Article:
It is difficult to describe this mysterious, whimsical game, so I will quote the iTunes summary, “Explore a dream-like world of eleven beautifully-constructed environments in this iPad adaptation of the classic desktop adventure. Equal parts puzzle game, playful toy, and living picture-book, Windosill rewards playful investigation with mysterious and beautiful surprises.”
My nine year old daughter saw me trying to solve a level, and soon we were both deeply engrossed in finding the solution. We completed the game together, and then she wanted to start it over again from the beginning. Her perseverance in trying to puzzle out each level was admirable.
Vectorpark, the company responsible for this game, also has other iOS apps, which you can view here.
Ever heard of Speed Dating? The concept is to meet with a person for a few minutes, chat, and then move on to another person. The short discussion with the potential date allows each participant to determine if he or she thinks it is worth pursuing the relationship any further.
The other day, I saw a variation on this idea that, believe it or not, is perfect for education. It is called Speed Booking, and the students are given the opportunity to learn a little about a group of books so they can decide which ones pique their interest. If this post piques your interest, check out the details at iLearn Technology!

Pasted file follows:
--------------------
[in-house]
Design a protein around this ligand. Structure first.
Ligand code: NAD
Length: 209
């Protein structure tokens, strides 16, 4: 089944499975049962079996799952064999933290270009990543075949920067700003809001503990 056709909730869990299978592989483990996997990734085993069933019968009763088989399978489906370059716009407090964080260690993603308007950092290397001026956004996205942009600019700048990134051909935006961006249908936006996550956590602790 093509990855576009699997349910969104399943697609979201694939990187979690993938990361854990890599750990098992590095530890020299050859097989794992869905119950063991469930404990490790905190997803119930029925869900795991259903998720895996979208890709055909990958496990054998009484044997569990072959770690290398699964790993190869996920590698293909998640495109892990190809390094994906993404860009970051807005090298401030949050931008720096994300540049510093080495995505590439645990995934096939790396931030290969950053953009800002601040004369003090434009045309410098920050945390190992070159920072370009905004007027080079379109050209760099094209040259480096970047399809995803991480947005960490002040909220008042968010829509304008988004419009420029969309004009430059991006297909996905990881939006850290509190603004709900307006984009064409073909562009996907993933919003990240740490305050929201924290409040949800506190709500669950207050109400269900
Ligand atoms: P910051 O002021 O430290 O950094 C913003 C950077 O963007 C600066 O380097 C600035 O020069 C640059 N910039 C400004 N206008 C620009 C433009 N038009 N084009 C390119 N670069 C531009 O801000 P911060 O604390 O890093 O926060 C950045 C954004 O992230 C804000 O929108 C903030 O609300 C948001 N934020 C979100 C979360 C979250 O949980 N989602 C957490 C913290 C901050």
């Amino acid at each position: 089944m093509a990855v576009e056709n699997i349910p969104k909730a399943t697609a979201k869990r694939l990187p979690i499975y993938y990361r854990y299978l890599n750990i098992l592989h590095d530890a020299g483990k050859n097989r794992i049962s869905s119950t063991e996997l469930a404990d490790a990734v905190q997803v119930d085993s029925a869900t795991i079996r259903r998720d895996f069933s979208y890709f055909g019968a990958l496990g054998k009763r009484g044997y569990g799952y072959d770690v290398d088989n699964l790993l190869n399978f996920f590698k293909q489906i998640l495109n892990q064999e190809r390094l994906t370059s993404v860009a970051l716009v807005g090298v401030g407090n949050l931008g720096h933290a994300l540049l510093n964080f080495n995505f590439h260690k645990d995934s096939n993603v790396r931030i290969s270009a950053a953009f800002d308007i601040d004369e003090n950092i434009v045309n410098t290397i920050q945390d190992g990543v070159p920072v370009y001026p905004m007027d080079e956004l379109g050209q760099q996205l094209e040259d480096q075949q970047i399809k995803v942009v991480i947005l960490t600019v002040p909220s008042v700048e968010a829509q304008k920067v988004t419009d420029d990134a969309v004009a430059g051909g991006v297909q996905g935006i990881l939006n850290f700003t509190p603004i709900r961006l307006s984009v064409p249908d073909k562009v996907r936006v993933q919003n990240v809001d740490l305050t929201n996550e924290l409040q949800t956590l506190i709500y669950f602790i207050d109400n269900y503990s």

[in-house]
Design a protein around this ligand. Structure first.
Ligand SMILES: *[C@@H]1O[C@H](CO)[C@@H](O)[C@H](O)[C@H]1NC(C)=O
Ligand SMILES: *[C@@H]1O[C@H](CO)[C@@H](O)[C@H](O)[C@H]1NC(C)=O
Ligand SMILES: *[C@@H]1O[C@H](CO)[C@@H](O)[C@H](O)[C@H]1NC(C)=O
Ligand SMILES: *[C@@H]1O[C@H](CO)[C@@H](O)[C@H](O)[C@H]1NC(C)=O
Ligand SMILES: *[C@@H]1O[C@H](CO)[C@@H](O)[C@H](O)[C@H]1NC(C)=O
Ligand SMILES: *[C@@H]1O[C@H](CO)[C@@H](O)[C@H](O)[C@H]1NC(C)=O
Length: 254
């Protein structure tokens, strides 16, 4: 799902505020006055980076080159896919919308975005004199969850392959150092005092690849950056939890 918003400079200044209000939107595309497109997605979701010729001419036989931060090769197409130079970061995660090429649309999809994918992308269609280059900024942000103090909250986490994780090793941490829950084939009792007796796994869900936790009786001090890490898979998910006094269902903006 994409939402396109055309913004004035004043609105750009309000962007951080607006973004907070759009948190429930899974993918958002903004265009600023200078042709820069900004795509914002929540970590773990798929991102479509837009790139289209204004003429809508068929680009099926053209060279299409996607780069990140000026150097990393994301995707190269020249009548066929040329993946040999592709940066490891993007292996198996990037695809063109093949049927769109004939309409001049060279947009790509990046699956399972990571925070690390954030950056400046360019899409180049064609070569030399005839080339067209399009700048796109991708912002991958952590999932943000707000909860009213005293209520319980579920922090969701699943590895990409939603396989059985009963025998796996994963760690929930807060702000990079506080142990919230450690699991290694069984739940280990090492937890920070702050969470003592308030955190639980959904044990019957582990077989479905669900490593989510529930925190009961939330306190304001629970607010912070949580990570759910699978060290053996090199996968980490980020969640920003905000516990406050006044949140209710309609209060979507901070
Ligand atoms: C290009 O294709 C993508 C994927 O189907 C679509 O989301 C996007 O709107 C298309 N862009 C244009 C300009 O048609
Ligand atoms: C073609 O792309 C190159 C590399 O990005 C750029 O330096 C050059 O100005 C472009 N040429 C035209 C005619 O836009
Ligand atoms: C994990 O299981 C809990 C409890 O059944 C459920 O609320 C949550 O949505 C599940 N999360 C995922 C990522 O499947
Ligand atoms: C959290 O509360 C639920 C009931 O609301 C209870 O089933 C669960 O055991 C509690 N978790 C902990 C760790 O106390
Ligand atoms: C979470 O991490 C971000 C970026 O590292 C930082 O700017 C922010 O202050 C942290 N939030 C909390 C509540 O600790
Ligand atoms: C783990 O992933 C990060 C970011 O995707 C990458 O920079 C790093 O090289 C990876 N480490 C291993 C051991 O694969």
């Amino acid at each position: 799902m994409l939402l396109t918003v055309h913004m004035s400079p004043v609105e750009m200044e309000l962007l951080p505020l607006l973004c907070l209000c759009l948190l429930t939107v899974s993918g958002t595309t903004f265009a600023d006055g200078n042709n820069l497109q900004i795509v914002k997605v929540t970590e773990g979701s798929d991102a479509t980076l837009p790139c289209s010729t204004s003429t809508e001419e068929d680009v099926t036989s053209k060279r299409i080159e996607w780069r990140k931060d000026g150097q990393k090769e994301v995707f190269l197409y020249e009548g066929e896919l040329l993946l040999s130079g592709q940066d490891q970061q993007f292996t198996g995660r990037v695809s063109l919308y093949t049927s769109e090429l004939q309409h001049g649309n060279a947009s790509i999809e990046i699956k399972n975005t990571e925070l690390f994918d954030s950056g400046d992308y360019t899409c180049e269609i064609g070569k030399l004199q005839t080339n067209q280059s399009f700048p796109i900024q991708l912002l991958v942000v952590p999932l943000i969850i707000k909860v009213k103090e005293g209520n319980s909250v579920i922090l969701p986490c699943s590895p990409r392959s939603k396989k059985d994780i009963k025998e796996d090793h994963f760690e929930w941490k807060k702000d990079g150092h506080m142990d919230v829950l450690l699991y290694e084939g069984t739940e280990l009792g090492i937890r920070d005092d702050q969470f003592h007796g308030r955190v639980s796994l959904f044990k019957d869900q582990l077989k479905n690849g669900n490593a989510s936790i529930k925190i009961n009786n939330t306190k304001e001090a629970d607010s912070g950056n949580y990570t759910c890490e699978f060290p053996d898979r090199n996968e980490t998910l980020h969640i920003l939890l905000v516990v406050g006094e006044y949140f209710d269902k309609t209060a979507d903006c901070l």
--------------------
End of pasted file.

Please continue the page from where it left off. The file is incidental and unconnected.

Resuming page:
Although I have not participated in these Synergy challenges before, the e-mail from them in my mailbox the other day intrigued me. I think that students would be excited by the Winter Challenge, which is to design and produce a game. The deadline is April 1, 2012. There is no entry fee. See the website for the rules and a great rubric that you might want to download even if you aren’t planning to enter the contest!
Jim Dine, one of the artists responsible for the Pop Art movement, was the inspiration behind this project posted by Kathy Barbro on her blog, Art Projects for Kids. With Valentine’s Day quickly approaching, this would be a wonderful art lesson that will result in beautiful classroom decor! Kathy gives detailed instructions and a template to download.
I have never been good at building things, or at solving spatial puzzles, for that matter. But Bridge Builder is an intriguing problem-solving game that your students will enjoy. The object is to use the provided triangles to create a bridge for the motorcycle. You can rotate the triangles and change their size, if you wish. This game, though internet based, reminds me of the Bubble Ball app for iDevices I have reviewed in the past. Bridge Builder is part of the website called Toy Theater, which offers many learning activities for younger students in several different subjects.
One of my colleagues, Ginny Daniels, mentioned this fascinating show on National Geographic, and I had to look it up for myself. Apparently, I missed the airing of the episodes, but National Geographic has video clips available online, as well as some games and other resources to challenge your own perceptions. One of the fascinating episodes has a clip involving “fooling your brain” using a rubber hand. If nothing else, this site shows how important it is for us to think about our thinking.